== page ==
Kenya Investment Authority (KenInvest) is a statutory body established in 2004 through an Act of Parliament(Investment Promotion Act No. 6 of 2004) to promote investments in Kenya. It is responsible for facilitating the implementation of new investment projects, providing after-care services for new and existing investments, as well as organizing investment promotion activities both locally and internationally. The core functions of KenInvest include; policy advocacy, investment promotion, and facilitation, which includes investor tracking and aftercare services.
General sector speciﬁc information
Agriculture is the mainstay of the Kenyan economy directly contributing26 percent of the GDP annually, and another 25 percent indirectly.
The sector accounts for 65 percent of Kenya’s total exports and provides more than 70 percent of informal employment in rural areas. The sector comprises crops, livestock,ﬁsheries, land, Water, cooperatives, environment, regional development, and forestry sub-sectors. It also includes the development of arid and semi-arid lands.
This sector is mainly agro-based at the moment and plays an important role in adding value to agricultural output by providing forward and backward linkages with the agricultural sector. However, there is a shift to export-oriented manufacturing as the main thrust of Kenya’s industrial policy since the country aims to raise the share of products in the regional market from 7 to 15 percent and develop niche products for existing and new markets.
Kenya is promoting the development of Special Economic Zones (SEZs), Industrial Parks, Industrial Clusters, small and medium scale manufacturing firms, development of niche products, and commercialization of research and development results.
Tourism is one of Kenya’s leading foreign exchange earners and the third largest contributor to the GDP after agriculture and manufacturing. The sector has been growing fast as a result of various factors such as liberalization, diversiﬁcation of tourist markets and continued government support and commitment to providing an enabling environment, coupled with successful tourism promotion and political stability.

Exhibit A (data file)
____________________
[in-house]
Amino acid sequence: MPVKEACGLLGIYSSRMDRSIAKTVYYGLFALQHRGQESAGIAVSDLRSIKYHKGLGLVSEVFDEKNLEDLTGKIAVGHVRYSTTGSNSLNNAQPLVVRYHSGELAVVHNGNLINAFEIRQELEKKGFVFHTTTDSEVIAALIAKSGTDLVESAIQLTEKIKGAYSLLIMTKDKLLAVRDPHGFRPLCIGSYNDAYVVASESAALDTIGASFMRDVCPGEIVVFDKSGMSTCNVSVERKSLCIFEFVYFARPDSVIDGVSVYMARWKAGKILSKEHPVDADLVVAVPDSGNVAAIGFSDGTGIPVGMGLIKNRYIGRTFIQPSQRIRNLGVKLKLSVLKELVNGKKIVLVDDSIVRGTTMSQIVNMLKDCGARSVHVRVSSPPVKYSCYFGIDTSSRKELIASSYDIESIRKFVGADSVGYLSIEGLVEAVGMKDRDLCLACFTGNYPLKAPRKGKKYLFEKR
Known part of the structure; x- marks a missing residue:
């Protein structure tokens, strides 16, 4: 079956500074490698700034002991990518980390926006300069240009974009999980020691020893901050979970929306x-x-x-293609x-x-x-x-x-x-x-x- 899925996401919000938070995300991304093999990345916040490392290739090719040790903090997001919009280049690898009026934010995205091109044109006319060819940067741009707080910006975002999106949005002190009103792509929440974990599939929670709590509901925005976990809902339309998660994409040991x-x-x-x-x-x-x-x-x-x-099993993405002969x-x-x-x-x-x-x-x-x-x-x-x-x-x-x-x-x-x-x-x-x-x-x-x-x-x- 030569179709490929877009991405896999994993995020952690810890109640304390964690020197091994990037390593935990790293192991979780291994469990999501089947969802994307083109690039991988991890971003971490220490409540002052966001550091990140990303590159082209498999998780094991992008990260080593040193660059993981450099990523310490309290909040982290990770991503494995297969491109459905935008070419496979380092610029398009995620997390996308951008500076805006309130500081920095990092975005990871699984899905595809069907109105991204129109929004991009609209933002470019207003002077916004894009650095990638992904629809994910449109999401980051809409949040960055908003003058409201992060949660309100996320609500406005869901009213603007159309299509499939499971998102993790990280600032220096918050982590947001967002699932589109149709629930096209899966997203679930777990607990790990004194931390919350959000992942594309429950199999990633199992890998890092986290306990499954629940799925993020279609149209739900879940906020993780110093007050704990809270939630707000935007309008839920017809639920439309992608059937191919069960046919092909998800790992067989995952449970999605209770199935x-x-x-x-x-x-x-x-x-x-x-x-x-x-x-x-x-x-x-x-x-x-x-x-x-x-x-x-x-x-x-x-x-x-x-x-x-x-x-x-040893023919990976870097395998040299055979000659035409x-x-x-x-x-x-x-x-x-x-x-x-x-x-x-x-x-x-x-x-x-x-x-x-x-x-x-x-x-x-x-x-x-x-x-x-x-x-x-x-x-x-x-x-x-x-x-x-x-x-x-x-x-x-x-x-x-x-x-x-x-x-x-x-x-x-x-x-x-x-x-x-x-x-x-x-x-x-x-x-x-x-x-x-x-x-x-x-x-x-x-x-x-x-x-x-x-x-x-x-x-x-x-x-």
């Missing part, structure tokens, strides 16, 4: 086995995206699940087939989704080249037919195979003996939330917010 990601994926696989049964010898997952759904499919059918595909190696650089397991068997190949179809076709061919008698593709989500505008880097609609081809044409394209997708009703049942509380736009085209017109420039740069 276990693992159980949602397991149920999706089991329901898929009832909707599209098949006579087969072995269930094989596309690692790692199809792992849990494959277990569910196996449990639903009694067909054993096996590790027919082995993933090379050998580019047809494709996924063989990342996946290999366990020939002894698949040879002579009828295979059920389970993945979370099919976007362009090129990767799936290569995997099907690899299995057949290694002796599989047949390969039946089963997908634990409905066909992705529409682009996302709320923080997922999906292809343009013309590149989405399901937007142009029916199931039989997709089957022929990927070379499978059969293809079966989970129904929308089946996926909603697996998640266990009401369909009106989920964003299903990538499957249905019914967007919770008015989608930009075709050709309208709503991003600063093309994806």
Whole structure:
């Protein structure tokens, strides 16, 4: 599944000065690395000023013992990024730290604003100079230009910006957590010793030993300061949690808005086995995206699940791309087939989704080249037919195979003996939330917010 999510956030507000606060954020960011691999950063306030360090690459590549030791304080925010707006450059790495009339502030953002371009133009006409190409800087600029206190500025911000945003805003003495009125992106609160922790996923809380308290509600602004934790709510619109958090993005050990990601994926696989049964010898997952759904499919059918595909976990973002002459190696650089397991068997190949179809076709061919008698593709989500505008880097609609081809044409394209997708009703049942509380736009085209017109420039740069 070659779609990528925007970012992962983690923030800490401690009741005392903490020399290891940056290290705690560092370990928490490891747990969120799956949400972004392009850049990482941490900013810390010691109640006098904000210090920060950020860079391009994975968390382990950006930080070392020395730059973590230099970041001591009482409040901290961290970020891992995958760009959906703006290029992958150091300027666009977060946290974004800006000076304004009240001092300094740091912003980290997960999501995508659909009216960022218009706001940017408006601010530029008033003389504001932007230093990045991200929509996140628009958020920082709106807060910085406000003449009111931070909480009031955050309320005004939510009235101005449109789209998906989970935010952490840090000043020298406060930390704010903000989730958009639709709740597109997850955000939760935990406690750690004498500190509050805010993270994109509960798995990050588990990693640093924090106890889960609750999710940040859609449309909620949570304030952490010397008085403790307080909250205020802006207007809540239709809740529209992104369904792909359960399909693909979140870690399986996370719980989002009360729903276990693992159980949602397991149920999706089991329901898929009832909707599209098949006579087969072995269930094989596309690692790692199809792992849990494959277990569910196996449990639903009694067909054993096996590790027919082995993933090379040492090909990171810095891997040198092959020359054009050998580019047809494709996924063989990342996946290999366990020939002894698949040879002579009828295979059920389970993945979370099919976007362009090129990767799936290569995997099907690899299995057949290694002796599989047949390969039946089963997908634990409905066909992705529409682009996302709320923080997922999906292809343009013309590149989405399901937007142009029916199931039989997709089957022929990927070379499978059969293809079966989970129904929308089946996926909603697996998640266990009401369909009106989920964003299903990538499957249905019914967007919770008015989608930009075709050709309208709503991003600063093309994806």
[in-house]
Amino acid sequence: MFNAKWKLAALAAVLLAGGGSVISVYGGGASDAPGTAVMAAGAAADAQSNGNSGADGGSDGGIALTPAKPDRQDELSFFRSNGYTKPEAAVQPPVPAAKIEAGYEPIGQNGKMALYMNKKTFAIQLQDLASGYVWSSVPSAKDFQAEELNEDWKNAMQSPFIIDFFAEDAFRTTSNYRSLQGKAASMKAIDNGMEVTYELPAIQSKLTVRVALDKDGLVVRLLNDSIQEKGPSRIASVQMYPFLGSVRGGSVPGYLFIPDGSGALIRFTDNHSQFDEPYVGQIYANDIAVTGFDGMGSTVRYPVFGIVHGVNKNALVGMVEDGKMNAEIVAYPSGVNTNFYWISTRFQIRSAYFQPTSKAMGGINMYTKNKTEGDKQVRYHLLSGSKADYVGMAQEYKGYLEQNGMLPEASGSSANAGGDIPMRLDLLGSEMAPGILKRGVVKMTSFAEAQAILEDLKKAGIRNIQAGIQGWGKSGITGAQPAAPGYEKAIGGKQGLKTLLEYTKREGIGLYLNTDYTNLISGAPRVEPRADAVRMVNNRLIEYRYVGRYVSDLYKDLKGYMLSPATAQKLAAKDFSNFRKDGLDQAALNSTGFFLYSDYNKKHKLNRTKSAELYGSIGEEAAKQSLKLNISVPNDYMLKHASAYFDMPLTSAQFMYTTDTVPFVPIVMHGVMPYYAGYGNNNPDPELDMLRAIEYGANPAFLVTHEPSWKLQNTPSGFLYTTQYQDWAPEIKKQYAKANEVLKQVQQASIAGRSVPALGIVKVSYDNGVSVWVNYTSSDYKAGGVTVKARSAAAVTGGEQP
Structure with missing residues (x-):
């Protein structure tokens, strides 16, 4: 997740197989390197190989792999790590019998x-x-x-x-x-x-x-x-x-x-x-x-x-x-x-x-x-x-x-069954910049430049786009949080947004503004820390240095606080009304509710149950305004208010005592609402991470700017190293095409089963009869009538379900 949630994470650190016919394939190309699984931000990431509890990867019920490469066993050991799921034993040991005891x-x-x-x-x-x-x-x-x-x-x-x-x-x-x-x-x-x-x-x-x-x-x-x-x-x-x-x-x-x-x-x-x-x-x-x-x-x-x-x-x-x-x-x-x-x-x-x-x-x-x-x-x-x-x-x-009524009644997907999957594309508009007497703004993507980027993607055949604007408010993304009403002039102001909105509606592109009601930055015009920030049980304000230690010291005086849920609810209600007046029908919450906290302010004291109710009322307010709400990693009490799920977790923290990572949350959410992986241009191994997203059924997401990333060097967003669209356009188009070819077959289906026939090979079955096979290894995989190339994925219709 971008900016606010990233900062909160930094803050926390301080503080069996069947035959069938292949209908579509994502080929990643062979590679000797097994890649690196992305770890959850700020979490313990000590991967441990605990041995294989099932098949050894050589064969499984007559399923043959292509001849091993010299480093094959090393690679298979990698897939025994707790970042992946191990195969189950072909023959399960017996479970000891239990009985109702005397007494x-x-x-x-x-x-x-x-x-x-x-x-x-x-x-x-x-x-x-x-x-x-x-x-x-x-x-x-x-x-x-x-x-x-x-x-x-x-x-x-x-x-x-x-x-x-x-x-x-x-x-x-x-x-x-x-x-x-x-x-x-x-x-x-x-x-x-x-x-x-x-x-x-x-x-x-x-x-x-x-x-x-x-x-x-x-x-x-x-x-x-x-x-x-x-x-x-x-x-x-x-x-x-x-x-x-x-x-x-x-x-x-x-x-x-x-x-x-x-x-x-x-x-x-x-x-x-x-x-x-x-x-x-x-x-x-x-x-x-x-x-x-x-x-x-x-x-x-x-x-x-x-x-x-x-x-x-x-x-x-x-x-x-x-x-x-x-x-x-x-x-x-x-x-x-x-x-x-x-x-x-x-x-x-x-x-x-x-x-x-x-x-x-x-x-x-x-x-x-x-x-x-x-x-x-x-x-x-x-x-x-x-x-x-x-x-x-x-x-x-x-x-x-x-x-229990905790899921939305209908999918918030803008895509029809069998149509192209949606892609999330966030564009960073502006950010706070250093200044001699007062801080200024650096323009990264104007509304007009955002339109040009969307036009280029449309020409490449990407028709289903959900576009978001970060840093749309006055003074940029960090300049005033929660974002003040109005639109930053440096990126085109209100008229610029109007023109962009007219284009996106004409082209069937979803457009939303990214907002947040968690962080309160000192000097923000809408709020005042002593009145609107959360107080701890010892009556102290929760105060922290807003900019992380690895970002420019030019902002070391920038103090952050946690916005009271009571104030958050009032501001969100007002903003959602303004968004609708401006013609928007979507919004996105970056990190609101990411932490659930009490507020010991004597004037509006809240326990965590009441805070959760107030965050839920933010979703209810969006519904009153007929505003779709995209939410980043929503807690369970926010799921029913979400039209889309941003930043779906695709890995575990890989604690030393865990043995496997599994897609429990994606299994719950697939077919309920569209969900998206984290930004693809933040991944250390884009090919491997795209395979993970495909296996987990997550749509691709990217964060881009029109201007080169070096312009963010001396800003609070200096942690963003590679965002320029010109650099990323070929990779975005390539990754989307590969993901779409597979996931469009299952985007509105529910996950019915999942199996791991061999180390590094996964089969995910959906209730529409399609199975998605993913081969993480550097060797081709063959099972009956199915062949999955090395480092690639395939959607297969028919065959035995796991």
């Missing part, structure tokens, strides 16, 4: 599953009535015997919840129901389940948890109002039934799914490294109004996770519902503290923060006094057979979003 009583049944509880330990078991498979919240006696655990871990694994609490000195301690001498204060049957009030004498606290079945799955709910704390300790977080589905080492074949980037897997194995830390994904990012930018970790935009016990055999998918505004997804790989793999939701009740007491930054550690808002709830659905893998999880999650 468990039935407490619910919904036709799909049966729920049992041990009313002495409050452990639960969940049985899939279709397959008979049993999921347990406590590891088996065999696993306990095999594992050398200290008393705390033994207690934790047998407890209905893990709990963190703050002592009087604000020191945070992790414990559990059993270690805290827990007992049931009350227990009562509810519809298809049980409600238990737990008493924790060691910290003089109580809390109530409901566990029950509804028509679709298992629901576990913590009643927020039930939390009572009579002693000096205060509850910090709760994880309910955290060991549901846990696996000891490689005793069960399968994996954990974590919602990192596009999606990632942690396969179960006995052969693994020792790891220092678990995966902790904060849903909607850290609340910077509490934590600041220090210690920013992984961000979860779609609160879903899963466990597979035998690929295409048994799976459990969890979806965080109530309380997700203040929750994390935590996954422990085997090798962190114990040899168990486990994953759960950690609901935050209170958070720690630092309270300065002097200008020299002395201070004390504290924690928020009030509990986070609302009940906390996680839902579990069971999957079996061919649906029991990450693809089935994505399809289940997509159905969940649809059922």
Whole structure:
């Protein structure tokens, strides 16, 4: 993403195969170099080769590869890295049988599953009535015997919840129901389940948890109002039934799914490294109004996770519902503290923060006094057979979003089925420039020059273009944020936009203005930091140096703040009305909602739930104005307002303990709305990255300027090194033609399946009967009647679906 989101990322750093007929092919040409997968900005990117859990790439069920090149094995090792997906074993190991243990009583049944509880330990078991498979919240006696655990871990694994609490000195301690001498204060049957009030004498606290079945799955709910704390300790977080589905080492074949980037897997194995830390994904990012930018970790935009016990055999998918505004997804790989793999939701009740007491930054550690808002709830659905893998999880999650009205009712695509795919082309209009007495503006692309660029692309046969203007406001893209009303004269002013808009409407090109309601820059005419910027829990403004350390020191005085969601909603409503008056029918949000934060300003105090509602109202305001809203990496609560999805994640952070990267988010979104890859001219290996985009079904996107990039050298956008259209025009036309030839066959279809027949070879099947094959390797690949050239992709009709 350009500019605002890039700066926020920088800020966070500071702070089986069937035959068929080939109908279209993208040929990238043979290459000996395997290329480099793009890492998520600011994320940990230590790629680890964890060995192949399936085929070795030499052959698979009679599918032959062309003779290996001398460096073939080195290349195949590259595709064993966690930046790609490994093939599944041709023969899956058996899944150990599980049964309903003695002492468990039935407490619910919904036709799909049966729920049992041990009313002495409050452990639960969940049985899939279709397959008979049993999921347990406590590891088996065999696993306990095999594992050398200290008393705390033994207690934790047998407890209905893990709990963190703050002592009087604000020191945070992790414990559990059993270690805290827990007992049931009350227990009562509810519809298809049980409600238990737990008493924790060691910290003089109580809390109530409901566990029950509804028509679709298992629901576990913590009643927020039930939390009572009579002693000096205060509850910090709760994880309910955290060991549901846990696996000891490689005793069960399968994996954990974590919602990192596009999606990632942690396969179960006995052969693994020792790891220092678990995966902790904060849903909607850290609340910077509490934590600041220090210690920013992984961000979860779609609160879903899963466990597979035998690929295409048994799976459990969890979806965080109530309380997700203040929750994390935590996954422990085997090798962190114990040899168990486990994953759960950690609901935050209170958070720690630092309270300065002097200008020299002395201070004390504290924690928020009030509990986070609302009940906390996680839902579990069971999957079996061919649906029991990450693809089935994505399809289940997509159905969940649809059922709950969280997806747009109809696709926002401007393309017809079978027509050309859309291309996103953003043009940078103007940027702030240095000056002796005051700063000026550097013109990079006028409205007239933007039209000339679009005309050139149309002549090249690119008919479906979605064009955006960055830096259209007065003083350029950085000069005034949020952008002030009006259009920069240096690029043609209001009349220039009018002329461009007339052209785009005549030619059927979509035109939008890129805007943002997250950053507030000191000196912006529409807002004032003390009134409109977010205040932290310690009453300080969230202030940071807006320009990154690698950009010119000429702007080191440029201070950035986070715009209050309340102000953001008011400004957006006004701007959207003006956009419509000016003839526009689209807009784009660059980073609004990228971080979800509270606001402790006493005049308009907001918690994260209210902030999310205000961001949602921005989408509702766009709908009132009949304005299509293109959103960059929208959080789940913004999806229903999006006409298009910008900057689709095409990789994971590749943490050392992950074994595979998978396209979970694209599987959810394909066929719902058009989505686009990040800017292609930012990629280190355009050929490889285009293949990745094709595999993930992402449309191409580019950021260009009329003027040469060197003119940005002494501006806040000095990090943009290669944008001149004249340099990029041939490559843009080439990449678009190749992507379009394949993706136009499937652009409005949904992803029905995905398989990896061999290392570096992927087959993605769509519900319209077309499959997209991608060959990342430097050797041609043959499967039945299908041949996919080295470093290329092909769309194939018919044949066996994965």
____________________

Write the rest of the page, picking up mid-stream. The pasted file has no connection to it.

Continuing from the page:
Kenya has a well-developed building and construction industry with quality engineering, building, and architectural design services being readily available. This industry is currently on an upward trend following rehabilitation and reconstruction of roads and bridges under the Kenya Urban Transport Infrastructure Programme.
Kenyan ﬁnancial sector comprises of banking, insurance, capital markets, pension schemes and quasi-banking institutions such as Savings and Credit Cooperative Societies(SACCOs); microﬁnance institutions(MFIs); building societies, Kenya Post Ofﬁce Savings Bank (KPOSB); Development Finance Institutions; (DFIs) and informal ﬁnancial services such as Rotating Savings and Credit Associations (ROSCAs).
Financial intermediation in Kenya has continued to record high growth rates due to increased lending as reﬂected in the rise of domestic credit backed by signiﬁcant ﬁnancial innovation.
Financial services are expected to play critical in the next 18 or so years by providing better intermediation between saving and investments.
Kenya’s energy policy emphasizes sustainable energy supplies at effective costs, so as to achieve national development goals. The policy also emphasizes the delivery of quality energy services to attract investments in those economic activities of which energy inputs are basic to production at competitive prices. The country is dependent mainly on three forms of energy namely: petroleum, electricity, and Wood—fuel. To a lesser extent wind, solar and biogas are used as alternative energy sources and are being developed at a large scale.
Petroleum is the major source of commercial energy in the country, providing about 87 percent of the country’s requirements. The transport sector consumes more than half of the petroleum fuels used in the country. Industry consumes some 31 percent of petroleum fuels.
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